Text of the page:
Nasdaq OMX hit with record $10m fine over Facebook IPO fiasco

Nasdaq OMX hit with record $10m fine over Facebook IPO fiasco

The Securities and Exchange Commission (SEC) has fined Nasdaq OMX a record $10 million over its botched handling of the Facebook initial public offering (IPO) last year.

The exchange operator violated securities laws because of its "poor systems and decision-making" during the IPO on 18 May 2012, ruled the SEC, leaving more than 30,000 Facebook orders "stuck" for over two hours and costing market participants an estimated $500 million in losses.

Nasdaq OMX has agreed to settle the charges - and pay the largest ever penalty against a US exchange - without admitting or denying them. It has already put together a $62 million compensation package for affected firms and could yet face legal action.

Despite the hype surrounding what was widely expected to be one of the largest IPOs in history, a "design limitation" in Nasdaq's system to match buy and sell orders caused massive disruptions, says the SEC.

A 30 minute delay in trading was caused by the software problem but Nasdaq OMX thought it had fixed the issue by "removing a few lines of computer code". In a 'code blue' conference call, senior management then decided not to delay the start of secondary market trading, a mistake, says the SEC, because "they did not understand the root cause of the problem".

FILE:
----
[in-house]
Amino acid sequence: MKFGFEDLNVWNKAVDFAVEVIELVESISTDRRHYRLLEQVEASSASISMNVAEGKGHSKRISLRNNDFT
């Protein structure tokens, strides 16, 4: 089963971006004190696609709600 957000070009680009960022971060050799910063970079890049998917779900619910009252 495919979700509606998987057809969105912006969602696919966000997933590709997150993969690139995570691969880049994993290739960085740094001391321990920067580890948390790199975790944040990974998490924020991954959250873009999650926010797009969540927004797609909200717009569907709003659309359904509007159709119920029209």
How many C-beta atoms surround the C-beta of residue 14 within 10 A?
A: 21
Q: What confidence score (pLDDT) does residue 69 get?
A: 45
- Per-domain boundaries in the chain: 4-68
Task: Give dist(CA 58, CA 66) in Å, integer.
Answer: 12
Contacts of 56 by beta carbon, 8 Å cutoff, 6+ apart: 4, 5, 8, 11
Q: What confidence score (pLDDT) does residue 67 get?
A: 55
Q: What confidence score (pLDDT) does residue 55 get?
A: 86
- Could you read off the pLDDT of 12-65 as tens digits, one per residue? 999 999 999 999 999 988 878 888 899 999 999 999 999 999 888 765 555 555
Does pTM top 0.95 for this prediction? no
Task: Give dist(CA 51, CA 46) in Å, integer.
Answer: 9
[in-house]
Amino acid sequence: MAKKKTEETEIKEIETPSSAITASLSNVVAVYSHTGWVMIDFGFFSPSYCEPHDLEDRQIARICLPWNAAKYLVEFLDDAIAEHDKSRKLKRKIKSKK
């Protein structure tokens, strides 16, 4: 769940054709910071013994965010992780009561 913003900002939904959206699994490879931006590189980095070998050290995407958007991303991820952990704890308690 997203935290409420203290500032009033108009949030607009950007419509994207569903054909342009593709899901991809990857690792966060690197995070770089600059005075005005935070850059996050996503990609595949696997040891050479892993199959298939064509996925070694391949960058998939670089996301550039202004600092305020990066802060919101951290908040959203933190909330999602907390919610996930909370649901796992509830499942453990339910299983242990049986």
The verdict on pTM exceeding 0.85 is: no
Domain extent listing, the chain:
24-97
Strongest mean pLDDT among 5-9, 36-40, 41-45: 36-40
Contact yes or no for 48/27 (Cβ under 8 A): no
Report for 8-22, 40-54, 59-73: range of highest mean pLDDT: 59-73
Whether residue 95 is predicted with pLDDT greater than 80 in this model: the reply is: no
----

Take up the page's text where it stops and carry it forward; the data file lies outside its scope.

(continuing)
Daniel Hawke, chief, market abuse unit, enforcement division, SEC, says: "Too often in today's markets, systems disruptions are written off as mere technical 'glitches' when it's the design of the systems and the response of exchange officials that cause us the most concern."

You can read the full SEC order here

Comments: (1)

A Finextra member
A Finextra member 31 May, 2013, 08:251 like 1 like

"They did not understand the root cause of the problem"...

Contemporary IT systems became far too complex and do react less deterministic than earlier "big iron" systems. Until evolution has found a way to double or triple the average human IQ, decision makers would be well advised to cut down on IT system complexity and to put stability and reliability first. Speed isn't everything, and - as in road traffic - can be quite dangerous.